Prior to this season, Bynum put together the once-in-a-while big night that could occasionally surprise and annoy the opposition. Mostly, though, his inconsistency just annoyed Kobe Bryant. Now, Bynum is the league’s second-best center. You have to take him very seriously and it might not hurt to double-team him in the post. Bryant, and even Pau Gasol, are still fantastic. But if the Lakers make a run to the Finals, it’s because Bynum has come up big. Runners-up: Ryan Anderson, Magic; DeMarcus Cousins, Kings.
Coach of the Year: Frank Vogel, Pacers
The Pacers are likely to finish as a top three seed in the East. And guess how many All-Stars they had? OK, one — but even that was Roy Hibbert, the lanky center who sometimes just gets in the way of things. Don’t misunderstand. Hibbert is indeed solid. Danny Granger and David West are better than that, too. But do the Pacers really have top-three-seed talent? Most observers would say probably not. Yet Vogel has instituted a physical brand of team-first basketball that has turned this unsung bunch into a playoff sleeper. Runners-up: Tom Thibodeau, Bulls; Doc Rivers, Celtics.
Now for a few fictional honors …
Most Underrated Player: Kris Humphries, Nets
They say there’s a good woman behind every great man. That probably explains why Humphries is having the best season of his career following a divorce from Kim Kardashian. Either that, or it’s the result of his impending free agency, which tends to bring out the best in guys.
Best Player Older Than 37: Steve Nash, Suns
Seriously. Would you really believe the guy is 38 years old if weren’t for the constant reminders from the media (and his birth certificate)? Somehow, Nash continues to scoot around the court and keep the Suns in playoff contention while looking like a soccer player in high tops — not to mention someone who looks like he’s got five good years left.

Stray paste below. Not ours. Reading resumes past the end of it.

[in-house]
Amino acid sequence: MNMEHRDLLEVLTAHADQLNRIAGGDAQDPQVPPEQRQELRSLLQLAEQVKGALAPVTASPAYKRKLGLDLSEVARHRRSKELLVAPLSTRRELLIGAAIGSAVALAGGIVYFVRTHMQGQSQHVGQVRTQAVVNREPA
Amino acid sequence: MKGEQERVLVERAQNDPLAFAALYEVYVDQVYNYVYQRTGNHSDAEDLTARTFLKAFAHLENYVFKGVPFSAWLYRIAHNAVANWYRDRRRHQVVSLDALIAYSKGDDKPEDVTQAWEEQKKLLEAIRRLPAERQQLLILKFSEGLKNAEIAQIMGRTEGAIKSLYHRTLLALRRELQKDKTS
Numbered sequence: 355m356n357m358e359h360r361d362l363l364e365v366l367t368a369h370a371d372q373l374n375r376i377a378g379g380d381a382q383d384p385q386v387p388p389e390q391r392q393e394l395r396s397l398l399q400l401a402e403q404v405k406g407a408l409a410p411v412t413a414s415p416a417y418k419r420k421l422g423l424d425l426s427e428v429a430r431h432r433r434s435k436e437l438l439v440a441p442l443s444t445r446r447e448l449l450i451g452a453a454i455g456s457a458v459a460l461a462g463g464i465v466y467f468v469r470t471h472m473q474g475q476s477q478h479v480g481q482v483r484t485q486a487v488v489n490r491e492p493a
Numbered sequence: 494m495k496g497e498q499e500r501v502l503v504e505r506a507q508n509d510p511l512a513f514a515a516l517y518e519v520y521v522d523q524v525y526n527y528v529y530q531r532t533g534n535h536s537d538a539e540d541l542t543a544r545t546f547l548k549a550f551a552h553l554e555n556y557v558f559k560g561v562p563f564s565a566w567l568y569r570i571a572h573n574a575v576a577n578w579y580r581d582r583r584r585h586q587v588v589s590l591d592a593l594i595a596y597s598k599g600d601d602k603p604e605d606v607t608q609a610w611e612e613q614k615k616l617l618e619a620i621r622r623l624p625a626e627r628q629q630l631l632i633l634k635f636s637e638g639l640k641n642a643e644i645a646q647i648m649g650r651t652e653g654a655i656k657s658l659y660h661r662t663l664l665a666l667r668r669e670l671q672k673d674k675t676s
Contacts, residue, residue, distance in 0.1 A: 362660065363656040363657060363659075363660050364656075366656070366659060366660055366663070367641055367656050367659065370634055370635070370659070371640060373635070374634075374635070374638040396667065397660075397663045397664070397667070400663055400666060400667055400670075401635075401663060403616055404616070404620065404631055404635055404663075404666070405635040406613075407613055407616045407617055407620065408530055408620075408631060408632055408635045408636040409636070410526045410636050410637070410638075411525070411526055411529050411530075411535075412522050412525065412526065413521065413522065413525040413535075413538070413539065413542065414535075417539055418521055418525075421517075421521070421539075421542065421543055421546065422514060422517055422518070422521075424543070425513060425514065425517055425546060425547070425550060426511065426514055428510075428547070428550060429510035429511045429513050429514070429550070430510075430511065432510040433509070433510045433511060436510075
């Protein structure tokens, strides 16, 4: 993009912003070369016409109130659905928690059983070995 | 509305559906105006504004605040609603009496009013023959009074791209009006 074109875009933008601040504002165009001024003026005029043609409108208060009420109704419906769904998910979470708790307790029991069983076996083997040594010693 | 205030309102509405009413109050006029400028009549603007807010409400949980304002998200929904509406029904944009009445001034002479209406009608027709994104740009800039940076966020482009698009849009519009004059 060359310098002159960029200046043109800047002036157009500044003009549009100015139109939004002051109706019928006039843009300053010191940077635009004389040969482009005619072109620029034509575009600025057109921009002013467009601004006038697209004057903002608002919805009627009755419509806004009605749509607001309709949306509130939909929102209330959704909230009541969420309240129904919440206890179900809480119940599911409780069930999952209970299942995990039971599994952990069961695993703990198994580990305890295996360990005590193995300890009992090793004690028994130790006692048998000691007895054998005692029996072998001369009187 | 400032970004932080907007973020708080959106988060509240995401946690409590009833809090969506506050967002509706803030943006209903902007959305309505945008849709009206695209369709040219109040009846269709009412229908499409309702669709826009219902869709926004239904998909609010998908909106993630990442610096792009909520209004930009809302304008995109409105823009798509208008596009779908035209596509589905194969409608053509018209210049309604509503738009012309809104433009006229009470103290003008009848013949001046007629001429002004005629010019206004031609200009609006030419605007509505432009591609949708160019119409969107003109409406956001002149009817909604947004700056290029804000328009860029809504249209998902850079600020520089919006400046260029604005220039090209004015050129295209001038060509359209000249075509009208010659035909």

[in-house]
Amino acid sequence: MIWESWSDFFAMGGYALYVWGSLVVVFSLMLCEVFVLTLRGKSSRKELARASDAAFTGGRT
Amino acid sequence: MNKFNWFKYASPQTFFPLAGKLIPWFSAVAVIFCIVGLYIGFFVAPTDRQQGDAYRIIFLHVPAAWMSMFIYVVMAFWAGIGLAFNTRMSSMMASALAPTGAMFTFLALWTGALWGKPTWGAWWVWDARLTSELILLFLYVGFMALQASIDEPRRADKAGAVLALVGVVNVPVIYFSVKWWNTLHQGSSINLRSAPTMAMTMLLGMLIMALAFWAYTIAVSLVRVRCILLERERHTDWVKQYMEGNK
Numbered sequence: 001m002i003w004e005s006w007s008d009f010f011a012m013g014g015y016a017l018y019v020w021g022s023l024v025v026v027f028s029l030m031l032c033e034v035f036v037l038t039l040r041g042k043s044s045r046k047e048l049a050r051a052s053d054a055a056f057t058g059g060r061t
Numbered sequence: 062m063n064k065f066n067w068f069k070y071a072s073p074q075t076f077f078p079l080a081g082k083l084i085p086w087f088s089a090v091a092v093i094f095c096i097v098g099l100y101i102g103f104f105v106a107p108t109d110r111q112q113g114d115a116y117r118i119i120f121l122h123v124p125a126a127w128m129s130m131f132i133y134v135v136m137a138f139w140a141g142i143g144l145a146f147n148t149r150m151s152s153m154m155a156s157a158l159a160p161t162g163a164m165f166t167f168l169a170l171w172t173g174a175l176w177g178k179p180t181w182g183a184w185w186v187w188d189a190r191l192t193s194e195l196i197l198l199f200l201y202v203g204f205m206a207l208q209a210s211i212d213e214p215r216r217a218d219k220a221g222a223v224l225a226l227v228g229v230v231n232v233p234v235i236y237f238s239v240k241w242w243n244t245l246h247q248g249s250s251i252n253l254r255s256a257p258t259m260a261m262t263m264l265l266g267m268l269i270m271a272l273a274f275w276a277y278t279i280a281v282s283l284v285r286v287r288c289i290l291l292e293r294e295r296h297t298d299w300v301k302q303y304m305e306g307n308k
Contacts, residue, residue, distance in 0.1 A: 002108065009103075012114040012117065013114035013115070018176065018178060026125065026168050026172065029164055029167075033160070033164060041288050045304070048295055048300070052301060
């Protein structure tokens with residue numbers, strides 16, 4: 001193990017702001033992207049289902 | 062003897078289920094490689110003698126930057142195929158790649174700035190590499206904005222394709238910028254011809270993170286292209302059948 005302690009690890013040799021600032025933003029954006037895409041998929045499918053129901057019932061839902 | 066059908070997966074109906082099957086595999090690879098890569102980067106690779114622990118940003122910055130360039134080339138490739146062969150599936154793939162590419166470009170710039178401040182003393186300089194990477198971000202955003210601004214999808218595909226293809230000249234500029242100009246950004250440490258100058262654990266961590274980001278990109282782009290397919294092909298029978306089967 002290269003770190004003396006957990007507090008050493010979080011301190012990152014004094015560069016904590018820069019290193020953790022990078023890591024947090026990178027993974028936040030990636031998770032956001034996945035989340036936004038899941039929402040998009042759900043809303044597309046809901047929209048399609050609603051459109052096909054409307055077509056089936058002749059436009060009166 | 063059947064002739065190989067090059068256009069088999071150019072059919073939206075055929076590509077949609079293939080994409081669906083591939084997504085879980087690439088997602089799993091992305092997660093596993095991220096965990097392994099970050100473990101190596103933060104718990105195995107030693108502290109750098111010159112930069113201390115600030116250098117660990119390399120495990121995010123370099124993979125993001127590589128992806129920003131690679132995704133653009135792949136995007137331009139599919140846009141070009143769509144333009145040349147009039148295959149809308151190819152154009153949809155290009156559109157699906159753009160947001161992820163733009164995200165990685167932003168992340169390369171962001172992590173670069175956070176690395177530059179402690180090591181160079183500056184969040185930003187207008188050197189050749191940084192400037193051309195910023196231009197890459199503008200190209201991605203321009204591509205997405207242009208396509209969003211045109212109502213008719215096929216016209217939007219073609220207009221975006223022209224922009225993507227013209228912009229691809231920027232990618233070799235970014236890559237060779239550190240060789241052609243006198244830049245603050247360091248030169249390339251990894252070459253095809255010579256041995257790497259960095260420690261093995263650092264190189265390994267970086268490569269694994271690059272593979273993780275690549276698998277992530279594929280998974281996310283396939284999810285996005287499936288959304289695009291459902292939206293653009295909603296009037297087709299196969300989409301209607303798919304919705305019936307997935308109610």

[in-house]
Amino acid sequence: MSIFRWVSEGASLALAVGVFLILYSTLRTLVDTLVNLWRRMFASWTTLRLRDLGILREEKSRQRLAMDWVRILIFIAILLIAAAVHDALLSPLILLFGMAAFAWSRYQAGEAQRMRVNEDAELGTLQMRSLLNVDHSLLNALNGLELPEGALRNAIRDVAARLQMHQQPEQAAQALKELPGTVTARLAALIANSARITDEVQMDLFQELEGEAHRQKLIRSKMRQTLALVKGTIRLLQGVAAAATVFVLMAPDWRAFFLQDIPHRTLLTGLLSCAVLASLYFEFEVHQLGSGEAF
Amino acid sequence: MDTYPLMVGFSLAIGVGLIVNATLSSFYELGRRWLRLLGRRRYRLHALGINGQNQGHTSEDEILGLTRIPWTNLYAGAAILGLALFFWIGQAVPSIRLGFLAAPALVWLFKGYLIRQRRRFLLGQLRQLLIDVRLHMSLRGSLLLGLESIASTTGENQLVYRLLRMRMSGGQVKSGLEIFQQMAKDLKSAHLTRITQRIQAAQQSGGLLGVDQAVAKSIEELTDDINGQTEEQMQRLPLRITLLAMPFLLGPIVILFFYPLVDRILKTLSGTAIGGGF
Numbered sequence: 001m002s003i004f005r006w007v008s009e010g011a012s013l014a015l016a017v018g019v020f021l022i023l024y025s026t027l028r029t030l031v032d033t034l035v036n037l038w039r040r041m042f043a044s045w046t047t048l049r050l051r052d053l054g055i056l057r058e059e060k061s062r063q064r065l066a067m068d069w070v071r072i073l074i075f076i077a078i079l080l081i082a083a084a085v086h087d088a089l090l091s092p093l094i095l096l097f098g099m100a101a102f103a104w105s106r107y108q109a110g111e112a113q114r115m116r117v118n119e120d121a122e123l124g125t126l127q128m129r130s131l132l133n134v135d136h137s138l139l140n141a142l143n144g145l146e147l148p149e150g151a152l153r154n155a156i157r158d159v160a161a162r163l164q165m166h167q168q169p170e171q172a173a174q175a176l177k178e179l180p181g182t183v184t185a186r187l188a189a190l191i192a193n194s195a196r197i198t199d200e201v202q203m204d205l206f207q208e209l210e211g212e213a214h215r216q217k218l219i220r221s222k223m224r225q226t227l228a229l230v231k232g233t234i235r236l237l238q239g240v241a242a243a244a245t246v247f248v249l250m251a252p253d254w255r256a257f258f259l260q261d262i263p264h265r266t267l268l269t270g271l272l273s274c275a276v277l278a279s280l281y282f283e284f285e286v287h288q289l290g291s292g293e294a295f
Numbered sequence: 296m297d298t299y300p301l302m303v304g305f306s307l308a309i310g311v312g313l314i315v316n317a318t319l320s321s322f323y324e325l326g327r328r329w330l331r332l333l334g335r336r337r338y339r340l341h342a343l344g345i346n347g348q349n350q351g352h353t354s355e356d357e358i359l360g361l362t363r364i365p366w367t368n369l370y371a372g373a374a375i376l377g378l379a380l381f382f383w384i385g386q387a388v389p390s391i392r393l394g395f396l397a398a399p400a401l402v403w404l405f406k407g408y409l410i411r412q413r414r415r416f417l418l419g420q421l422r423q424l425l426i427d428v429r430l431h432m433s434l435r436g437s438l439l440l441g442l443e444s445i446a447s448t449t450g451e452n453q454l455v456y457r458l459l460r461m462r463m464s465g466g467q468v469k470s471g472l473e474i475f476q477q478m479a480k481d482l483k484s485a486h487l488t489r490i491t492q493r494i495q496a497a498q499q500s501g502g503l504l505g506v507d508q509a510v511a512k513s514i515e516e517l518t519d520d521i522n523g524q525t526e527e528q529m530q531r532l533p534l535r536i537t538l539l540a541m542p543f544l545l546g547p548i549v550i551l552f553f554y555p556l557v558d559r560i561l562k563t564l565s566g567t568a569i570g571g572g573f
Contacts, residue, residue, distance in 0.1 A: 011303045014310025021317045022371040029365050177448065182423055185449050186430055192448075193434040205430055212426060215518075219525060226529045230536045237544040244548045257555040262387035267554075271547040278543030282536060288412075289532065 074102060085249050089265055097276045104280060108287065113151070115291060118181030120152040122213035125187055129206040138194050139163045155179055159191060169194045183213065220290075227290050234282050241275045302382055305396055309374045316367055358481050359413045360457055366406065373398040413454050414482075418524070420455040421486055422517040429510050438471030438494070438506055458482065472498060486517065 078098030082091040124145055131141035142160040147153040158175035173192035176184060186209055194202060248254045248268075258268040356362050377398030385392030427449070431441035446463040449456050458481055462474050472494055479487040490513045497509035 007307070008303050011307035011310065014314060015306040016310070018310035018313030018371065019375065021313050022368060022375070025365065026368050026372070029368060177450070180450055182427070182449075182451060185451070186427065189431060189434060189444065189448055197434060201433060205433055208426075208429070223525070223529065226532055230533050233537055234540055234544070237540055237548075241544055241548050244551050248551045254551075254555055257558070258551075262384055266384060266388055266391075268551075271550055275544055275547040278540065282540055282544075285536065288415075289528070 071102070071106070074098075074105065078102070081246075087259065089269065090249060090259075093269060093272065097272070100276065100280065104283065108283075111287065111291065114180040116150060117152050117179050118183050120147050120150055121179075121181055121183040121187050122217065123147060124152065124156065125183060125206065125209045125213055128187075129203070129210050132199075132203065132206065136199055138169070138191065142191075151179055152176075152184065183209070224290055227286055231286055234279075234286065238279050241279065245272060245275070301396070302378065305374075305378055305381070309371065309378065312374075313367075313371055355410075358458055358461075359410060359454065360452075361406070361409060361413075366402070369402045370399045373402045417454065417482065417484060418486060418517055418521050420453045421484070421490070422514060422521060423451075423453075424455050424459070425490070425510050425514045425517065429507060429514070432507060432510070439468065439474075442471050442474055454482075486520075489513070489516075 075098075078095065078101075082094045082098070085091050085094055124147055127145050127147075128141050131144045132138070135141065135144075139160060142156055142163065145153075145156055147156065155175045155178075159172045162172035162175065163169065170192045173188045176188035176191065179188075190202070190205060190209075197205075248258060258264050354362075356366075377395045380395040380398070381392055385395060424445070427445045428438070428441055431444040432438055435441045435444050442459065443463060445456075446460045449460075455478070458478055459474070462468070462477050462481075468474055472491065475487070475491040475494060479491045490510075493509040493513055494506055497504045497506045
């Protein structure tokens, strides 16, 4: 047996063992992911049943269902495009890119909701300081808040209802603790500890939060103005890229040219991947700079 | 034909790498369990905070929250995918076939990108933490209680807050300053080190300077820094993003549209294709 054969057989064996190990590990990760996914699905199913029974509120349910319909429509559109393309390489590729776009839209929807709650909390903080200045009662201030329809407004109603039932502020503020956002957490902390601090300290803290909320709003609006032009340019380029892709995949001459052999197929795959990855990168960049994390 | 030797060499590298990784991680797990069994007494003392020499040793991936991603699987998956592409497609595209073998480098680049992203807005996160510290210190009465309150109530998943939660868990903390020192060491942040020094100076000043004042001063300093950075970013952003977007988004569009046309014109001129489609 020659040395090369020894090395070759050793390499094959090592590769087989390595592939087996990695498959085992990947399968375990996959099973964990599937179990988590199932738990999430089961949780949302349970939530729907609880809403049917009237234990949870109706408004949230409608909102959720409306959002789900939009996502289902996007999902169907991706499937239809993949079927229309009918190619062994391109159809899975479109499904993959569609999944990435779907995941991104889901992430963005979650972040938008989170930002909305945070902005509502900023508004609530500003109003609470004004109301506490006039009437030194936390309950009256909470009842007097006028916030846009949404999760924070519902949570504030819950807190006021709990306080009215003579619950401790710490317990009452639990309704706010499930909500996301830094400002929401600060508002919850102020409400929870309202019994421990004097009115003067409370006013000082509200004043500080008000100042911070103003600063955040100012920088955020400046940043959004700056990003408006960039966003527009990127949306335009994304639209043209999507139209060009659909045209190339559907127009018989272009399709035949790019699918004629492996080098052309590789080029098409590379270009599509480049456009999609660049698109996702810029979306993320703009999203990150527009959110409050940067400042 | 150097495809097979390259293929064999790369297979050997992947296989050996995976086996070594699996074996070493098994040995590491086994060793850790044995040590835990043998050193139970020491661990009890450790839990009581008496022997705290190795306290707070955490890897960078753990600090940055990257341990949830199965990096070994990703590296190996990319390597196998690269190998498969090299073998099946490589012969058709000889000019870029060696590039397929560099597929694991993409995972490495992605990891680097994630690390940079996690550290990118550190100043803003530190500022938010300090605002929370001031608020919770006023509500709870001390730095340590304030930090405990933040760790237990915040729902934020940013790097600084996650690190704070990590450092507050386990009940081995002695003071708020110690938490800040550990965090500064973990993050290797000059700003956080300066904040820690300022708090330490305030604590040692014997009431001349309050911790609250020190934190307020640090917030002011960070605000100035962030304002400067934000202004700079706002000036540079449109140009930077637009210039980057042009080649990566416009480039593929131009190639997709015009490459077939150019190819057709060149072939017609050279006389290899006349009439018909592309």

Biggest Distraction: Lamar Odom, Mavericks
Again, you can blame a Kardashian. Plus, at least Dwight Howard was still really good when healthy.
Biggest Disappointment: J.J. Hickson, Trail Blazers
Actually, Hickson has done a nice job and seems to have found his stride with the Blazers. But that’s a far cry from the savior at power forward the Kings expected to crown him. Instead, they couldn’t wait to get him out of town. That gives Hickson a slight edge over Omri Casspi, whom the Cavs had hoped would be their small forward of the future. Um, no.
Coach Most Likely to be Fired Next: Stan Van Gundy, Magic
Forget Dwight Howard, when it comes to Van Gundy getting fired, no one has campaigned nearly as much Van Gundy. Bottom line: It’s been a rough year for good coaches with moustaches (see: Mike D’Antoni).
Owner of the Year: Dan Gilbert, Cavaliers
Tweets more than most people’s 16-year old nieces. That’s a good thing in these days of millionaires and billionaires taking themselves too seriously. Gilbert rallies the fans and keeps hope alive, even when all seems lost. And if LeBron doesn’t win a title this year, Gilbert might be right about the post-King Cavs winning one first.
Next College Coach to Get an NBA Job: John Calipari, Kentucky
He promised to stay with the Wildcats. That’s like Kim Kardashian promising to stay married for more than seven months.
Follow Sam Amico on Twitter @SamAmicoFSO